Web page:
This is more a book of riddles than a book of parables. Written as a stream-of-consciousness, you will find little order or linearity; and certainly do not expect a plot.
Perola, the narrator – who is almost indistinguishable from the author – looks back over his life, recollecting the time when, as a 15-year-old boy, he meets and enjoys a brief affair with Ellen, a 51-year old-woman who is holidaying in a small Swedish village.
Given the literary style, a variety of other stories inevitably intertwine and overlap – an insane cousin, a father who died young, a deeply religious mother, “an aunt who dared”, a still-born brother who shared a name with the narrator, a notebook with nine missing pages, a red fox, a resurrected cat… I could go on.
The power of recollection is deep and broad here, dissecting memory, exposing sediments and layers folded and buried randomly over the years. This is a memory-maze that challenges readers to find their own way through poetic parables of life, love and death, all underpinned by guilt and desire.
Guilt suffuses the narrative from the beginning to the end – guilt over what has been written, but mostly guilt for that which has not, and could not be put in writing. The book is meant to be a love story, yet the narrator admits he cannot write about love. Instead the author creates the space for us to feel it.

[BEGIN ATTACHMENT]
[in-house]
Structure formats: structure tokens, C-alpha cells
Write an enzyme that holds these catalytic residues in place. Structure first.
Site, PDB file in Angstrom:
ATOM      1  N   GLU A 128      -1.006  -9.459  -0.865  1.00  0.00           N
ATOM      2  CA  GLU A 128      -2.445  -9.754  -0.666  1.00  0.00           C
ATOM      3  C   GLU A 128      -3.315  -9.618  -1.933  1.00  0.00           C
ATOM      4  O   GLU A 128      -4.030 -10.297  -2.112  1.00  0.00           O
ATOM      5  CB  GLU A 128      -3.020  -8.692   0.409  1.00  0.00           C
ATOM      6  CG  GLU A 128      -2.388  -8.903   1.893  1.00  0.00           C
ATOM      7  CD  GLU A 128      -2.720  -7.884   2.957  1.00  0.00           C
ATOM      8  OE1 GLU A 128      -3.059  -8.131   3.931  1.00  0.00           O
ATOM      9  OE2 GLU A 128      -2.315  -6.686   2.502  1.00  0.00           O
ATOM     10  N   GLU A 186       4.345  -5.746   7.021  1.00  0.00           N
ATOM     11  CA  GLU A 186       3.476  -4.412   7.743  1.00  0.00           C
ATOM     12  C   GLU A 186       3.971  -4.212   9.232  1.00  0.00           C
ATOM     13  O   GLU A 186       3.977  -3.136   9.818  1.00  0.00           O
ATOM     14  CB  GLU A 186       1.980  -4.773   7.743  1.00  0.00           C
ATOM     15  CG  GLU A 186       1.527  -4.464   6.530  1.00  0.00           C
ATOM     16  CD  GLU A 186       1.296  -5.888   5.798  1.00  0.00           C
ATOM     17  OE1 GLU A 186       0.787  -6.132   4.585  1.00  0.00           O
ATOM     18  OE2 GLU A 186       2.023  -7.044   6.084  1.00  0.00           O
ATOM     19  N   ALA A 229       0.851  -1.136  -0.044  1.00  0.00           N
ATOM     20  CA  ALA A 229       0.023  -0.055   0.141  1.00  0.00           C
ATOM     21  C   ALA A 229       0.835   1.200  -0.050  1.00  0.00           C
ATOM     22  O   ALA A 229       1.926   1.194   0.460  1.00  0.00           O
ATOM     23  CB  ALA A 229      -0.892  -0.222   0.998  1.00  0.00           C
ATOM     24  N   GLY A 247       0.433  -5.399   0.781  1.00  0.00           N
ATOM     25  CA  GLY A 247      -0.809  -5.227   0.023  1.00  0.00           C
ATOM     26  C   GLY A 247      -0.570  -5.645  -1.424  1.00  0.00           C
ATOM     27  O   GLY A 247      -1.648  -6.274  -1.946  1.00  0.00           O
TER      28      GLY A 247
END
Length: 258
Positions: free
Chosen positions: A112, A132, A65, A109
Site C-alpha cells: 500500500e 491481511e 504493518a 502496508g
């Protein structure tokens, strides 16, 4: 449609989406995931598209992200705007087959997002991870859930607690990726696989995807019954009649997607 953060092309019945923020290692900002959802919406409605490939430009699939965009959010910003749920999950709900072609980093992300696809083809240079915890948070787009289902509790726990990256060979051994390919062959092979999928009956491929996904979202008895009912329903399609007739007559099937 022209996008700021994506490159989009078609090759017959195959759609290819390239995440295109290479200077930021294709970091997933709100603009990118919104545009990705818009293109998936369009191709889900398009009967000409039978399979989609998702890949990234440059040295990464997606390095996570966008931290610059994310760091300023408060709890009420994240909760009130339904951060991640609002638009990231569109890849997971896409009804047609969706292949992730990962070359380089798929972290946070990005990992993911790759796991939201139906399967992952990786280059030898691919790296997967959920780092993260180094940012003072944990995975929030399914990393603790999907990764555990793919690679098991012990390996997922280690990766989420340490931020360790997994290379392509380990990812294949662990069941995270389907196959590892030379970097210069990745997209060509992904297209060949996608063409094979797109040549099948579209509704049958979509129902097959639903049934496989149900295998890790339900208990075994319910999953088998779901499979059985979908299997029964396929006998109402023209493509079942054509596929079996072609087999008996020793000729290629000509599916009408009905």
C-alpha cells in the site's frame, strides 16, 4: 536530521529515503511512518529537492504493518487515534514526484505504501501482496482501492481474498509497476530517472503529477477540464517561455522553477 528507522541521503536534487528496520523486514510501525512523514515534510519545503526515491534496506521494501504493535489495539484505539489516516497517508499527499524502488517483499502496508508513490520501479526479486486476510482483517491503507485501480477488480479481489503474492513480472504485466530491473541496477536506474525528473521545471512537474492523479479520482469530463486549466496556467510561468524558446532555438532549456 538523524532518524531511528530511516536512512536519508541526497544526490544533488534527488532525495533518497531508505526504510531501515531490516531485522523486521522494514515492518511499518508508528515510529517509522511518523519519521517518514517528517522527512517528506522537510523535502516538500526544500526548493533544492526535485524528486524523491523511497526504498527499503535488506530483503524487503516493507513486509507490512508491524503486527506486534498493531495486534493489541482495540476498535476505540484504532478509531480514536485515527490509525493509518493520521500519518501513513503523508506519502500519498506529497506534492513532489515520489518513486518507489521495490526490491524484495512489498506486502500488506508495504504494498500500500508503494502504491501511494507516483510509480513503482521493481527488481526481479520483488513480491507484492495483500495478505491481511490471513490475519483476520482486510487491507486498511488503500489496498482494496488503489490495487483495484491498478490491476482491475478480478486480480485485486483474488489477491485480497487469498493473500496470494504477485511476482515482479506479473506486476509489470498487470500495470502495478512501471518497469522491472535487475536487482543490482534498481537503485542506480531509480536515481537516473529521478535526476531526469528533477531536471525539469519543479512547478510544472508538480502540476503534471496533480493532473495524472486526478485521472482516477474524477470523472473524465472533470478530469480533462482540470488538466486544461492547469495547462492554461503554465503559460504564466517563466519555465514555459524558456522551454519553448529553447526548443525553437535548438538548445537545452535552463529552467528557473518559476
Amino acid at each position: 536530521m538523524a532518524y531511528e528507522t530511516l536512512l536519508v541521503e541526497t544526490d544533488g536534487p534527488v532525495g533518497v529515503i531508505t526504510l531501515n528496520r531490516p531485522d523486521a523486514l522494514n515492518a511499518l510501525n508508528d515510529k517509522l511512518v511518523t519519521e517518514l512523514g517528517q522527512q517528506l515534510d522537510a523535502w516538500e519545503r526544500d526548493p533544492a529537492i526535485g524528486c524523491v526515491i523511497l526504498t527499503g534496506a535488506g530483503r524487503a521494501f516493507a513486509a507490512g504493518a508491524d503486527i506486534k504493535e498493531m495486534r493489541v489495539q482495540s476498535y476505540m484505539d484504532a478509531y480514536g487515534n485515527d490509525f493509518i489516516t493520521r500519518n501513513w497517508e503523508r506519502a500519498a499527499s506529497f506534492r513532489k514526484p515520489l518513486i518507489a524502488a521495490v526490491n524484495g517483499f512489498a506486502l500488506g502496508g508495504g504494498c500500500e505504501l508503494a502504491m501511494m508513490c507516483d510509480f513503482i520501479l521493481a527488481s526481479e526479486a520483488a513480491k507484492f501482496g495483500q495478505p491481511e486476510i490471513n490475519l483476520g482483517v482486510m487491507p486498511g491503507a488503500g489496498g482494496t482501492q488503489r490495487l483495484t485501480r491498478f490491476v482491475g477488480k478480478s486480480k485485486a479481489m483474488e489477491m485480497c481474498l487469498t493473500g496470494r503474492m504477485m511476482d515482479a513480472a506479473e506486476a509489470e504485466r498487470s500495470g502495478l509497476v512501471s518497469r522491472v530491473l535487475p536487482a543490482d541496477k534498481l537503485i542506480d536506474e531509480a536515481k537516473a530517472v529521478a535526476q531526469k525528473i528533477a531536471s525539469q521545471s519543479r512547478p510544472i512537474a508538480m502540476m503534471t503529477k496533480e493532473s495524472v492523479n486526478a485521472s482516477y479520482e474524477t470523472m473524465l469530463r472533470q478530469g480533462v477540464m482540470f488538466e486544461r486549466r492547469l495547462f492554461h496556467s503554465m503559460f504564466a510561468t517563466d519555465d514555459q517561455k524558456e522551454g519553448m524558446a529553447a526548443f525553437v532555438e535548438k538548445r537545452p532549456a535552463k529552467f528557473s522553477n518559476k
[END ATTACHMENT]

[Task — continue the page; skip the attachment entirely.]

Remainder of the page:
The book is an invitation to us all to pause, take a step back and clear our minds, paradoxically with more words, which don’t appear to say much. Similar to a glossolalia, the book’s ramblings generate a kind of frenzy, which means we don’t just read the Parables but experience them, and experience the frustrating “attempt to chase and hold down something tender and fragile”.
The Parable Book works as a reverberation of an oversensitive conscience and soul. This angst-ridden, semi-autobiographical novel is both an ode to love and an attempt to understand its nature, even though the author is well aware of the futility of such an endeavour; because, “Love is as elusive as God’ and ‘Love can never be understood. But who would we be if we did not try?”
Translating such a complex work is by no means a small feat. But Deborah Bragan-Turner’s poetic language and smooth translation does a beautiful job with the rhythm and flow of the book, as much as this type of novel allows.
Reviewed by Stela Brinzeanu
The Parable Book
By Per Olov Enquist
Translated from Swedish by Deborah Bragan-Turner
Published by MacLehose Press (Quercus), June 2016
Stela Brinzeanu is an author and reviewer. She published Bessarabian Nights in 2014 and is currently working on her second novel. For more details see www.stelabrinzeanu.com